Collisions and Conservation of Momentum

There are two types of collisions:
  • Elastic

  • Inelastic

Inelastic Collisions occur when only momentum is conserved.  Some kinetic energy is transformed into heat or other forms of energy. The maximum amount of energy lost in a collision occurs when two bodies collide and subsequently stick together. This is an example of an inelastic collision.

Elastic collisions occur when both Kinetic Energy and Momentum are conserved.
Consider an object m1 with velocity v1 colliding with a second object m2 with velocity v2 traveling in the opposite direction of m1.

After the collision the two objects will rebound and have velocities v1' and v2' .

This type of collision is called an elastic collision.



  •    mis the mass of the first object, m2 is the mass of the second object
  •    v1 is the initial velocity of the first object,  v2 is the initial velocity of the second object
  •    v1' is the final velocity of the first object,  v2' is the final velocity of the second object

Before the collision the first object will have momentum p= m1v1 and the second object will have momentum p2 = m2v2.

After the collision the first object will have momentum p1' = m1v1' and the second object will have momentum p2' = m2v2'.

The Law of Conservation of Momentum tells us that the momentum of a closed system before a collision is equal to the momentum after the collision.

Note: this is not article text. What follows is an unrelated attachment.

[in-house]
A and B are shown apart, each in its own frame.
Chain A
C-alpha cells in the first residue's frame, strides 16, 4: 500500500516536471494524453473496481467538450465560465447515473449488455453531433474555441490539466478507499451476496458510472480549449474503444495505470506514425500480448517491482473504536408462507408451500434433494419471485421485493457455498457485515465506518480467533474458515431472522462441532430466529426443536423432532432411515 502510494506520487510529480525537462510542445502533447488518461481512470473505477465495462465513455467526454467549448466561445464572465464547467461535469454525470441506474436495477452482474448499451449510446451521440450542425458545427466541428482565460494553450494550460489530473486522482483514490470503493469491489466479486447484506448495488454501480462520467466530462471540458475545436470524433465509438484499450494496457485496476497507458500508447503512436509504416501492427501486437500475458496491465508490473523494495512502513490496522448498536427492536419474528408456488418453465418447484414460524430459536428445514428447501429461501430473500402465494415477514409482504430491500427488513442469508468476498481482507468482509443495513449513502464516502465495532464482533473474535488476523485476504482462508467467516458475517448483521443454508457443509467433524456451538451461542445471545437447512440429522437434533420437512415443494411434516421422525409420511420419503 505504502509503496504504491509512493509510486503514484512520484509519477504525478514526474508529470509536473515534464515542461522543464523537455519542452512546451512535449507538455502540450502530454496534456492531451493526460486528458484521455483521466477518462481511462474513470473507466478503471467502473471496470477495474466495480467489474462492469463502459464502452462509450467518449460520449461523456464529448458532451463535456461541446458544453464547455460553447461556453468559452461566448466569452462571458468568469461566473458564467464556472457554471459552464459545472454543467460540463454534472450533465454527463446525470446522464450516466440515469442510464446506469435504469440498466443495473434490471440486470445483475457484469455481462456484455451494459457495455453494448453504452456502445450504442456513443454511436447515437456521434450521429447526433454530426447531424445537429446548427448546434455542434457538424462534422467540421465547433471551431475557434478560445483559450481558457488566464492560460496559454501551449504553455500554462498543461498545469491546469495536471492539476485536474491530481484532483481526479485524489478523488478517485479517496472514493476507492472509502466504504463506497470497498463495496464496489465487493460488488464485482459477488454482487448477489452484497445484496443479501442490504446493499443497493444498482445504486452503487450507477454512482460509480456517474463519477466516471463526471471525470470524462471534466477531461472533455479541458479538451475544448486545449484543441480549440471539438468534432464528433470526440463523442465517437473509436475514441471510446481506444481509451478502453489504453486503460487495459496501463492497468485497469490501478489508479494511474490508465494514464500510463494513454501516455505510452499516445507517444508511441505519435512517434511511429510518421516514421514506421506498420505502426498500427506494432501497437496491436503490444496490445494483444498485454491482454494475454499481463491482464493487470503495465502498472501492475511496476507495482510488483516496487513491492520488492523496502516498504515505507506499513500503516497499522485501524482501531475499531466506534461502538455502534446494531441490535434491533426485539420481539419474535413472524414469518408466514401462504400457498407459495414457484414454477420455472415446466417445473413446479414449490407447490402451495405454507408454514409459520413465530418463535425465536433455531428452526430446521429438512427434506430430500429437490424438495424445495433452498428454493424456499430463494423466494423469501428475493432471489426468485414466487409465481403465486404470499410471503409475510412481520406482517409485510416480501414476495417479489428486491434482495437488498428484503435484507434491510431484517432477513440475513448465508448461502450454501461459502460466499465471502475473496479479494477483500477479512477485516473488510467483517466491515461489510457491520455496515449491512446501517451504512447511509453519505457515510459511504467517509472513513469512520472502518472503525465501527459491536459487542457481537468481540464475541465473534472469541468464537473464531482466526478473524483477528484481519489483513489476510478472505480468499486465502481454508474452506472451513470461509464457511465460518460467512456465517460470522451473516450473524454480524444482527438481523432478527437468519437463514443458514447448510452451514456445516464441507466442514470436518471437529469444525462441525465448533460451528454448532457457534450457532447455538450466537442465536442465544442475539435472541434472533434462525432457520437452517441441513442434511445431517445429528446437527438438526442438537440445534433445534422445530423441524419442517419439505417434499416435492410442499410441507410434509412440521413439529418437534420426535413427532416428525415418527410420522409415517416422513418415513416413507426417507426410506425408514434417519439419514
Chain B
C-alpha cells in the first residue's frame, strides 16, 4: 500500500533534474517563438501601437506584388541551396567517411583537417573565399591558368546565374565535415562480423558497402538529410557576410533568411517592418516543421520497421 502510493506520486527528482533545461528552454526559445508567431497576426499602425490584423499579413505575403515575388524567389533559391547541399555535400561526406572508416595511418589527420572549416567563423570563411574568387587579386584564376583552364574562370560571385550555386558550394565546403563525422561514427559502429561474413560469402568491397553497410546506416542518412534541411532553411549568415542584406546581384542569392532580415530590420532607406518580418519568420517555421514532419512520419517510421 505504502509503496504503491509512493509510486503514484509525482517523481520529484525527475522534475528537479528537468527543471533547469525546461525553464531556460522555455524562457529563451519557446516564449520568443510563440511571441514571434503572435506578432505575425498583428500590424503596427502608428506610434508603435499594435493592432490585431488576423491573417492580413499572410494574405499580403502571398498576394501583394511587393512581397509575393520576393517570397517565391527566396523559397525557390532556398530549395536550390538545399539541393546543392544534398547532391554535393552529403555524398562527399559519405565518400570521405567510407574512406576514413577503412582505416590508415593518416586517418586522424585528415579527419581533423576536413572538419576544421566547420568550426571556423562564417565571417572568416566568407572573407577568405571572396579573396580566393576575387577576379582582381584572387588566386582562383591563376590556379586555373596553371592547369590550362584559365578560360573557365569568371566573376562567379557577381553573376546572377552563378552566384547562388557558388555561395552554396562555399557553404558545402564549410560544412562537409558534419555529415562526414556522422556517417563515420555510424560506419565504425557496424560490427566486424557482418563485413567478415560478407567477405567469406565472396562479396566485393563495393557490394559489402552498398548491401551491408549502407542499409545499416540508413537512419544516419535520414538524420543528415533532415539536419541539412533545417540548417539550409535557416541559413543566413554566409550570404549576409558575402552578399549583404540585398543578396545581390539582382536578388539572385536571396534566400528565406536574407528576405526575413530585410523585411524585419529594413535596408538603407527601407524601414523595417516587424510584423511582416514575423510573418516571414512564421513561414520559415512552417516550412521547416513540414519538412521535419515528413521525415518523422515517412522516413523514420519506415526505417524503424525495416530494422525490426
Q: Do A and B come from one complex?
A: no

rearranging and collecting "like" terms on both sides of the equal sign we can rexpress the above as:

This simple equation is a a re-statement of  Newton's Third Law of Motion: "For every Action there exists an equal but opposite reaction".

It can now be rewritten so that it is finally expressed in terms of forces:

Cosider a practical application:
the air in an inflated balloon is allowed to suddenly escape as the ballon is released:

In the following illustration the balloon moves in the opposite direction of the air flow.

Conservation of Momentum example:

A proton (mass = 1.67 X 10-27 Kg ) with velocity of 1 X 107 m/s collides with a motionless He (Helium) nucleus. 

The proton bounces back at 6 X 106 m/s. 

The He nucleus moves forward with a velocity of 4 X 10m/s . 

The collision lasts 1 s.


a) the mass of the helium nucleus
b) The force that acts during the collision

vHe = 0 m/s    vHe' = 4 X 106 m/s
mp  = 1.67 X 10-27 Kg
 vp = 1 X 107 m/s (before collision) 

vp' = -6 X 106 m/s (AFTER collision)  

a)  Find:  mHe = ?

mpvp + mHevHe = mpvp' + mHevHe'       BUT     mHevHe = 0

(mpvp - mpvp'  ) / vHe'   =  mHe =  7 x 10-27 Kg

b) F∆t = m∆v 
... F = (m∆v) / ∆t       
... Where ∆t = 1 s


F = (mHevHe' - mHevHe) / ∆t

= 2.8 X 10-20 N